‘Freetown’ screenwriter began at BYU

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Rebel fighters enroach on Abubakar's (Henry Adopho) vehicle in FREETOWN (Capacitor Entertainment)
Rebel fighters encroach on Abubakar’s (Henry Adopho) vehicle in FREETOWN (Capacitor Entertainment)

Garrett Batty, director of the new film “Freetown” and director and producer of “The Saratov Approach,” asked BYU’s playwright Melissa Leilani Larson to write the script for “Freetown” because of a short film she wrote at BYU, “Iscariot,” which followed Judas’ betrayal of Christ.

“Her script was very insightful, and while staying true to the source material, she was able to open my eyes to an unconventional way to tell a familiar story,” Batty said. “It left such an impression on me that 15 years later, when I was ready to collaborate with a writer, she was my first call.”

Hawaii native and BYU graduate, Larson has been writing stories all her life. Her plays have seen the world and earned acclaim, but her writing is always a process. For Larson, that process is life.

Larson didn’t let Batty down with “Freetown.” The script had to be flexible because Larson wouldn’t be on site during filming in Africa. There were moments in filming when Batty knew Larson researched well enough to place the exact elements needed. Other times, Batty felt she was inspired.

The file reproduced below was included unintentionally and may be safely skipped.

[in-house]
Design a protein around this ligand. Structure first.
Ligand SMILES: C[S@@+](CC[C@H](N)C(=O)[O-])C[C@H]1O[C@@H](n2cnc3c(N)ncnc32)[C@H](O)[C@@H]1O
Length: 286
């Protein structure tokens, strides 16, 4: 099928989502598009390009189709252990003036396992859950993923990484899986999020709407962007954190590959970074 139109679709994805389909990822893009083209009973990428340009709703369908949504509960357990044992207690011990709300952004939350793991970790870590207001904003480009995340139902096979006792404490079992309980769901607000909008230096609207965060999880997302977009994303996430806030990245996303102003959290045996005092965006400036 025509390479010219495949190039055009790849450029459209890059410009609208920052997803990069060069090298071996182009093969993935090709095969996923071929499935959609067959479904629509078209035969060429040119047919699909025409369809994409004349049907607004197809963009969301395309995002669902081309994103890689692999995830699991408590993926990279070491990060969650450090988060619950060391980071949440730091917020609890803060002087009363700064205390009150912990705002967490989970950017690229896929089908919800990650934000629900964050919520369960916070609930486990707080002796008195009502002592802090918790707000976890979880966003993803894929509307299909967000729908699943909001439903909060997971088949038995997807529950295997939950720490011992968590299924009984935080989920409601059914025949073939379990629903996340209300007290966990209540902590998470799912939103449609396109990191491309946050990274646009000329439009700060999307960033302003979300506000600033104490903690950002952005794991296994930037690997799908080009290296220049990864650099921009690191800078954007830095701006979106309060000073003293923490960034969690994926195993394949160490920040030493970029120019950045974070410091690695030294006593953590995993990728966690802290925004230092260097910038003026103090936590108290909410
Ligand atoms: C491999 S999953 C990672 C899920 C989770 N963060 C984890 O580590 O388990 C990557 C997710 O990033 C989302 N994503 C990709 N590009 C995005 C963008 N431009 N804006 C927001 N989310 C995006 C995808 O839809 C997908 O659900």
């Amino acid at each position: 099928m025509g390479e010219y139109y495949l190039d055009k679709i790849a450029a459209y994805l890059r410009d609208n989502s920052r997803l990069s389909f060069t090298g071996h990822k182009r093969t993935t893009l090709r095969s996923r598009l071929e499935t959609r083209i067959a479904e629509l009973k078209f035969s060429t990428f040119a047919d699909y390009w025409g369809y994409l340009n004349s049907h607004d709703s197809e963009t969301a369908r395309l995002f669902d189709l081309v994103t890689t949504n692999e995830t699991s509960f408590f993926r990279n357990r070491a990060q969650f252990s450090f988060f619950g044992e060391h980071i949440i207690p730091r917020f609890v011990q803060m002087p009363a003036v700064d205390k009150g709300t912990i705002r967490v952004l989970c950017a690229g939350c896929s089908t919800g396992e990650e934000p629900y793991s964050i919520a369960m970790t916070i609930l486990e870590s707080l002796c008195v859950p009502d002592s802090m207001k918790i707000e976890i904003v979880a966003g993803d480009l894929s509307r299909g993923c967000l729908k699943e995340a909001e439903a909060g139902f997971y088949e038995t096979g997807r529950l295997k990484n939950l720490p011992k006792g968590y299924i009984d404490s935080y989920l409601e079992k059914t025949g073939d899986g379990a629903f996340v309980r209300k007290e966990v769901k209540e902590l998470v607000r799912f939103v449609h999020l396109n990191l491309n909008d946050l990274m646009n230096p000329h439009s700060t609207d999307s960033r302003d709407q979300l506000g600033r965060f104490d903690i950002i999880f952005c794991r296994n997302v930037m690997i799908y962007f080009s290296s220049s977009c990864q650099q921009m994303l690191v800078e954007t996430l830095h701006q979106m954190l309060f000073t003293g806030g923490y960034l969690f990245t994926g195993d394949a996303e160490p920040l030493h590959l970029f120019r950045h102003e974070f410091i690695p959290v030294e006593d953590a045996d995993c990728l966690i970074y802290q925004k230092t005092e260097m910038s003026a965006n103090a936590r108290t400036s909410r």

On one of the last days of filming Freetown, the morning sky perfectly fit Melissa Leilani Larson's description in the script, even though Larson had never set foot in Ghana. (Courtesy of Three Coin Productions)
On one of the last days of filming Freetown, the morning sky perfectly fit Melissa Leilani Larson’s description in the script, even though Larson had never set foot in Ghana. (Three Coin Productions)

“In one instance, she was very descriptive of the cloud formation in the sky,” Batty said. “The descriptor read, ‘Early morning sun peeks through the clouds like tendrils inside a conch shell: pink and peach and gold.’” Batty, knowing he couldn’t control the elements, thought they would shoot whatever was in the sky and make it work.

“Then, on one of our last days of filming, we were stunned to find exactly what was written in the script was painted across the sky,” Batty said. “It was as if Melissa had seen the sky, then written. Inspired? Yeah, probably.”

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